Israel's internal security agency has arrested a senior employee of the international aid group World Vision in the Gaza Strip, accusing him of siphoning millions of dollars of the charity's funds and transferring them to the Islamic militant group Hamas.
Mohammed el-Halabi established a "systematic and sophisticated mechanism" to divert up to 50 million dollars over the years to the militant group, which rules Gaza, creating fictitious humanitarian projects and doctoring inflated receipts in order to get the funds to Hamas, said the Shin Bet.
El-Halabi, whose actions helped Hamas build illegal underground tunnels and purchase weapons for terror attacks, was charged on Thursday, the Shin Bet said.
World Vision, a US-based Christian aid group that works in nearly 100 countries, said in a statement on its website that it was "shocked" by the allegations and said it has "no reason to believe" they are true.
Kent Hill, a senior official with the organisation, was holding meetings in Israel over the accusations, an Israeli foreign ministry official said.
Hamas spokesman Hazem Qasem called the allegations "lies that may be part of the justification of the blockade imposed by the occupation on Gaza".
El-Halabi, who is in his late thirties and from Jebaliya in the Gaza Strip, was arrested in June as he was crossing from Israel into Gaza.
The Shin Bet said he underwent Hamas military and organisational training in the early 2000s and was "planted" by the group at World Vision in 2005, where he climbed the ranks to become director of the Gaza branch.
"He began to conduct security operations for Hamas' military wing which was essentially exploiting the organisation's funds for Hamas' fortification," the Shin Bet said.
To divert the funds, the Shin Bet said el-Halabi initiated fictitious projects meant to help farmers, the disabled and fishermen.
He would falsely list Hamas operatives as workers on those projects and write up inflated receipts, according to the Shin Bet. Companies hired to carry out certain projects under fictitious tenders were "made aware" that 60% of the project's funds were destined for Hamas, the Shin Bet statement said, adding that some of World Vision's budget was used to pay the salaries of Hamas operatives.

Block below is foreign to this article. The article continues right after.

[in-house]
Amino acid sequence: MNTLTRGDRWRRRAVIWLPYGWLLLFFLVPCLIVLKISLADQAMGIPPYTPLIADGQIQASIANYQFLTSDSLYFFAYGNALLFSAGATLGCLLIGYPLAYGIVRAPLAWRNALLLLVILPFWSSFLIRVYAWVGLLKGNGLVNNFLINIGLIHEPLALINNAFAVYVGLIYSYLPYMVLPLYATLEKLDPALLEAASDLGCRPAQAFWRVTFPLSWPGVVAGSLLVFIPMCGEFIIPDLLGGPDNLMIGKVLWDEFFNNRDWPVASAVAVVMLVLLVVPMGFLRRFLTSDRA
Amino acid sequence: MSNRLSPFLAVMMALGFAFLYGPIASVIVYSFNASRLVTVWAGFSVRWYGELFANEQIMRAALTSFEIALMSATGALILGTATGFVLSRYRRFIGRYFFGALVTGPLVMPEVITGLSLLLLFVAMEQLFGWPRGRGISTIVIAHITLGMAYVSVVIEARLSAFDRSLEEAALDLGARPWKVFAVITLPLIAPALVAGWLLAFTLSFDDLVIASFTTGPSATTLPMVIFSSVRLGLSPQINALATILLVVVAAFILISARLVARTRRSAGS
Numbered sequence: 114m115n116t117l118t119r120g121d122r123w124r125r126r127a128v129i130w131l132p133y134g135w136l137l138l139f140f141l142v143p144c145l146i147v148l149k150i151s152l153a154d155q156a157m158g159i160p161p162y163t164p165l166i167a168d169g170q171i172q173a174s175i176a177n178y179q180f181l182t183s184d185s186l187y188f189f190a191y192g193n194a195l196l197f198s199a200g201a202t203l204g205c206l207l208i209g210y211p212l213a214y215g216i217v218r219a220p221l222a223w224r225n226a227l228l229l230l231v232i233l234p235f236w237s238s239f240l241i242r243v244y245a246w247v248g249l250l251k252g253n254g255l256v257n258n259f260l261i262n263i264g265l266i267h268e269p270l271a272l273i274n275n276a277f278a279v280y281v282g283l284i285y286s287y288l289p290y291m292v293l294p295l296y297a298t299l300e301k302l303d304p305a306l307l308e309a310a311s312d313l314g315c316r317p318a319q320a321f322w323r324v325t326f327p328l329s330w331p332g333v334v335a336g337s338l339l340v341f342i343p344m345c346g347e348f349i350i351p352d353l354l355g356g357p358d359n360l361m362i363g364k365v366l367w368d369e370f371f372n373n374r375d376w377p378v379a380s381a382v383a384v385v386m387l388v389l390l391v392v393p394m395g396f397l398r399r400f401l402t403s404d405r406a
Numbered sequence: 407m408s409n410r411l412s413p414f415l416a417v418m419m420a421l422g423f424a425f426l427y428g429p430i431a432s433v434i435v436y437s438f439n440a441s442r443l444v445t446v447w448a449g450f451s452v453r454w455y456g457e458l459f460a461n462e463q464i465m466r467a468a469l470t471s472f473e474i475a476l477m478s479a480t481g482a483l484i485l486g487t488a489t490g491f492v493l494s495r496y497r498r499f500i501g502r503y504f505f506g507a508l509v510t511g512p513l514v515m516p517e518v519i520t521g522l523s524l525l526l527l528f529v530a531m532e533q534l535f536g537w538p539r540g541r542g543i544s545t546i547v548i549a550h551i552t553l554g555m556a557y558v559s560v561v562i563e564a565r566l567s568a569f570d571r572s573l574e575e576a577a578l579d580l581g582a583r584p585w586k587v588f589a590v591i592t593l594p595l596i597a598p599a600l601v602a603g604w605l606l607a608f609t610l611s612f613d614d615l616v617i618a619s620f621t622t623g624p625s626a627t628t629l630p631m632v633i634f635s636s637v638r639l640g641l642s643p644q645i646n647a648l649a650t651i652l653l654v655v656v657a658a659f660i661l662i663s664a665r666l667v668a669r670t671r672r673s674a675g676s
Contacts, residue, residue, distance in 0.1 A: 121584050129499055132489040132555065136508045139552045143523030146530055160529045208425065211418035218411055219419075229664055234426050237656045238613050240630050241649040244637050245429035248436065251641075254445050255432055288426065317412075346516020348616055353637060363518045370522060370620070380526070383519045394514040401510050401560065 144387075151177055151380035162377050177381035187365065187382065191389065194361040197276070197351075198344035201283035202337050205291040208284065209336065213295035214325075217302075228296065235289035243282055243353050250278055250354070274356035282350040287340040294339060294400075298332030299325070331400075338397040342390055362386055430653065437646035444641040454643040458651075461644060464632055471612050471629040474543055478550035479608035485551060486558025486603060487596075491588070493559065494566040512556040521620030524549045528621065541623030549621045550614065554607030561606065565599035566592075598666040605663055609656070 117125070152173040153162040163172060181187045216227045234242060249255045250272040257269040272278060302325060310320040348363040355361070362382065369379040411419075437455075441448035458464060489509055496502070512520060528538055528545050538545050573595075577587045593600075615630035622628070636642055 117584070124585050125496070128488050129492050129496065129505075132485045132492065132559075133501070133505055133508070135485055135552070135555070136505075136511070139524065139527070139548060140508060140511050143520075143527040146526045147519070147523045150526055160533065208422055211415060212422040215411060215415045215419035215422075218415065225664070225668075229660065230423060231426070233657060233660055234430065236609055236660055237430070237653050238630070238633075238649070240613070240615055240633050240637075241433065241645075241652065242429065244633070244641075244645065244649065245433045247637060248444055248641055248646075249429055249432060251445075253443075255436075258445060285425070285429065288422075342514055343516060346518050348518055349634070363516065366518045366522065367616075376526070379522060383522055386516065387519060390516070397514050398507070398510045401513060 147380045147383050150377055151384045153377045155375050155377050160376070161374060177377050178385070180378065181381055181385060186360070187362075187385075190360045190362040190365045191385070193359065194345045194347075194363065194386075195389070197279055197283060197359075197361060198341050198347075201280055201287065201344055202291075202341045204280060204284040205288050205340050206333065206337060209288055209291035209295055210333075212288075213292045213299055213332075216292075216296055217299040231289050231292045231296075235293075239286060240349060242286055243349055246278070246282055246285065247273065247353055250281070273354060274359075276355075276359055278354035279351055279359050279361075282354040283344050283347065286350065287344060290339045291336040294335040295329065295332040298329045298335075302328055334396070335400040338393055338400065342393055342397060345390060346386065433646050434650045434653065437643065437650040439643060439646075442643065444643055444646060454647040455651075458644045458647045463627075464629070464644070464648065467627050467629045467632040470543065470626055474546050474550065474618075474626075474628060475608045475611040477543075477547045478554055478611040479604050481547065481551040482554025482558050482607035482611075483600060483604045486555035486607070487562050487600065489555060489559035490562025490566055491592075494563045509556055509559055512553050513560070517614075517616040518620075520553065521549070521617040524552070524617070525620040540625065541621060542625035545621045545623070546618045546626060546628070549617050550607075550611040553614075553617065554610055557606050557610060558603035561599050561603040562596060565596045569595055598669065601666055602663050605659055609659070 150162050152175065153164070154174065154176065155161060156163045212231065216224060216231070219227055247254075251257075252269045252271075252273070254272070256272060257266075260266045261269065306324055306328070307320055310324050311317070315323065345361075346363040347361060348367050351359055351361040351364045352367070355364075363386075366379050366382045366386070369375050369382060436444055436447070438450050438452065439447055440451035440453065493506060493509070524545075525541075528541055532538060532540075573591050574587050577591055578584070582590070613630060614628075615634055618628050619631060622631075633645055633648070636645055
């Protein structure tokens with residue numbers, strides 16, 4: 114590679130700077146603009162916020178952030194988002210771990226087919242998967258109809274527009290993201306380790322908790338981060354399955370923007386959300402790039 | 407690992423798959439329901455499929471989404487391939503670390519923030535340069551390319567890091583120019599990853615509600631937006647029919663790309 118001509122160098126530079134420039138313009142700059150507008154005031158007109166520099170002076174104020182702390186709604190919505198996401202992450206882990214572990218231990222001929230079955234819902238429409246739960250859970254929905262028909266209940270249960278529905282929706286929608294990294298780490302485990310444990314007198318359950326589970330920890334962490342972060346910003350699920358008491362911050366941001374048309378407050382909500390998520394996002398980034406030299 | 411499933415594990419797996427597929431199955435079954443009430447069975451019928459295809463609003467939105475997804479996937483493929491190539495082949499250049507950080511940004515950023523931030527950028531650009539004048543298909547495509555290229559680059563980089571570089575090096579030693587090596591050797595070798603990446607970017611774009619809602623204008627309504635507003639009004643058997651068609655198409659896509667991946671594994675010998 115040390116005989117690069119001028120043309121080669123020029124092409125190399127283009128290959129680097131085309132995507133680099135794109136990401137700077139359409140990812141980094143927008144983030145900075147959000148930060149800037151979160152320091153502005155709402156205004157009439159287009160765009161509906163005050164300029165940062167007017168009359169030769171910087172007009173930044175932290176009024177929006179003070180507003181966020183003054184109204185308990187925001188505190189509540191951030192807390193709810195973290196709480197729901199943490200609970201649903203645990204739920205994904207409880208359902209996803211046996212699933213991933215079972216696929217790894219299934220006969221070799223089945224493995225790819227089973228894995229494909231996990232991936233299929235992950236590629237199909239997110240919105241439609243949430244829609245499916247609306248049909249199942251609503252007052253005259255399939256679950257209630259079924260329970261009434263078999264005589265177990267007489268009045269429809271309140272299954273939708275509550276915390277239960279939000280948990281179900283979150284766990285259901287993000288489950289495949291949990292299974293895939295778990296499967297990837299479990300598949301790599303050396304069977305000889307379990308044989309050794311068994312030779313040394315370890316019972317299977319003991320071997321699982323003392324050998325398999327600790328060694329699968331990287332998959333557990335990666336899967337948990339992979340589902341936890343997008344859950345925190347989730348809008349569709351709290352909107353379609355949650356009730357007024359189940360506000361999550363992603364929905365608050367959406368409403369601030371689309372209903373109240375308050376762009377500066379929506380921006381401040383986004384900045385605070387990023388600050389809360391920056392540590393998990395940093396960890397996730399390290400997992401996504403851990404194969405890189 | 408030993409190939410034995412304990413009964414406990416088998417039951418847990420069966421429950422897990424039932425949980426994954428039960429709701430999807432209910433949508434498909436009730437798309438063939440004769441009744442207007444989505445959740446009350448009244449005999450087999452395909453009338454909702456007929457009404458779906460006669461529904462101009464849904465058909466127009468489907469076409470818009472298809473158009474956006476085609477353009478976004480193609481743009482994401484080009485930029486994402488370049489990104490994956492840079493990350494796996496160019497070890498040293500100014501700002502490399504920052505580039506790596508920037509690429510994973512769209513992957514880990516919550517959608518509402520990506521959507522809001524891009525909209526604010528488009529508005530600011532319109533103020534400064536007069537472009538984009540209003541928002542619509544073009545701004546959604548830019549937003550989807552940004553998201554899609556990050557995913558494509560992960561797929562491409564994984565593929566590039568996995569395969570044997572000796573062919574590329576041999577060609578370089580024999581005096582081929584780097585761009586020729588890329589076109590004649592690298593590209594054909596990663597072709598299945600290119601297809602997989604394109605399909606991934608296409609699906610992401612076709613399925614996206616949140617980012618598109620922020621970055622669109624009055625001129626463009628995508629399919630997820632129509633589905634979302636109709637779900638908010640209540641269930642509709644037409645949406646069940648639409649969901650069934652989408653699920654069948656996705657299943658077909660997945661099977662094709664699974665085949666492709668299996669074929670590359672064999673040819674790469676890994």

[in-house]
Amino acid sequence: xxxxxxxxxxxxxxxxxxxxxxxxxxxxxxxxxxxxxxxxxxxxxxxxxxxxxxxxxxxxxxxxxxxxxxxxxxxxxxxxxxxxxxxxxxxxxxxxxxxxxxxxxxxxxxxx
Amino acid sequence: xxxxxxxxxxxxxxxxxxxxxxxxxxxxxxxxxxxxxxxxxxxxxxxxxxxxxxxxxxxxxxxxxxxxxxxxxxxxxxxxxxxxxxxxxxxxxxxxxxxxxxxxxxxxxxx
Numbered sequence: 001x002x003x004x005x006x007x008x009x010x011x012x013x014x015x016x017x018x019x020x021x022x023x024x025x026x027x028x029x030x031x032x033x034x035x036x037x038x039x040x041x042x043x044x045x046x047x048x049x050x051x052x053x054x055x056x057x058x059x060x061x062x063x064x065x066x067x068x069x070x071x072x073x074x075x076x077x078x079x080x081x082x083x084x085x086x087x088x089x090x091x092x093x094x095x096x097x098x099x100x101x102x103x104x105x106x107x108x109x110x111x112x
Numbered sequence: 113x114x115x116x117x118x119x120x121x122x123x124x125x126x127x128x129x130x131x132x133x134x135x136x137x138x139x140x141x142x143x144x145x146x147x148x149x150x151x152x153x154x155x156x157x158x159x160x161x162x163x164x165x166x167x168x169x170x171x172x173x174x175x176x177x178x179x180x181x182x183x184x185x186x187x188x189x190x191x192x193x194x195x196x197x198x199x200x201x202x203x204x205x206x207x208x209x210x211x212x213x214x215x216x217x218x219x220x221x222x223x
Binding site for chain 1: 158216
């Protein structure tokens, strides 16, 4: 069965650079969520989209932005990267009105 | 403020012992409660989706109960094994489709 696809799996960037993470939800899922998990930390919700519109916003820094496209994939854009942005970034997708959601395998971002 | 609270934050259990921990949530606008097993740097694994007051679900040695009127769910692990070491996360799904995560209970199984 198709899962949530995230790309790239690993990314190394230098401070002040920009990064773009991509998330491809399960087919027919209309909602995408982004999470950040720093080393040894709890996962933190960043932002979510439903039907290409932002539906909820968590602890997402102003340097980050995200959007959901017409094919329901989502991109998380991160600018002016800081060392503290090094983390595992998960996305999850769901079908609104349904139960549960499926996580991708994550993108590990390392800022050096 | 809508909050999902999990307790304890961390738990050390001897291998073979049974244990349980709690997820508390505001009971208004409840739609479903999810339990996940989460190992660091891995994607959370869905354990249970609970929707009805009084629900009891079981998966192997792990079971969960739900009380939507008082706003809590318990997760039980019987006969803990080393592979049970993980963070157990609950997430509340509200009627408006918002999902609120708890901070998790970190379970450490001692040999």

The Shin Bet also said el-Halabi would transfer to Hamas materials such as steel, digging equipment and pipes that were meant for World Vision agricultural assistance. Thousands of packages with food and medical aid received monthly would allegedly be diverted to Hamas operatives and their families rather than reach Gazan civilians.
Beyond arms purchases and tunnel digging, the funds also helped build military bases, including one constructed in 2015 built entirely from British aid money, according to the Shin Bet.
The security agency also said that since his arrest, el-Halabi divulged intelligence about employees working for United Nations agencies and other aid groups who were also assisting Hamas.
A LinkedIn profile that appears to be el-Halabi's says he has worked at World Vision since January 2006 and has served as the Gaza zonal manager since July 2014. The profile says he previously worked at UNDP, the UN's development agency.
Major General Yoav Mordechai, commander of Israel's defence body COGAT, said in an Arabic video address that el-Halabi confessed to funnelling World Vision funding to Hamas.
"Hamas stole this money and passed it to its military wing to build bases, provide salary bonuses and dig the tunnels of death that have brought destruction upon you and the Gaza Strip," Maj Gen Mordechai said.
"Hamas is burying you and your hope of living a normal life."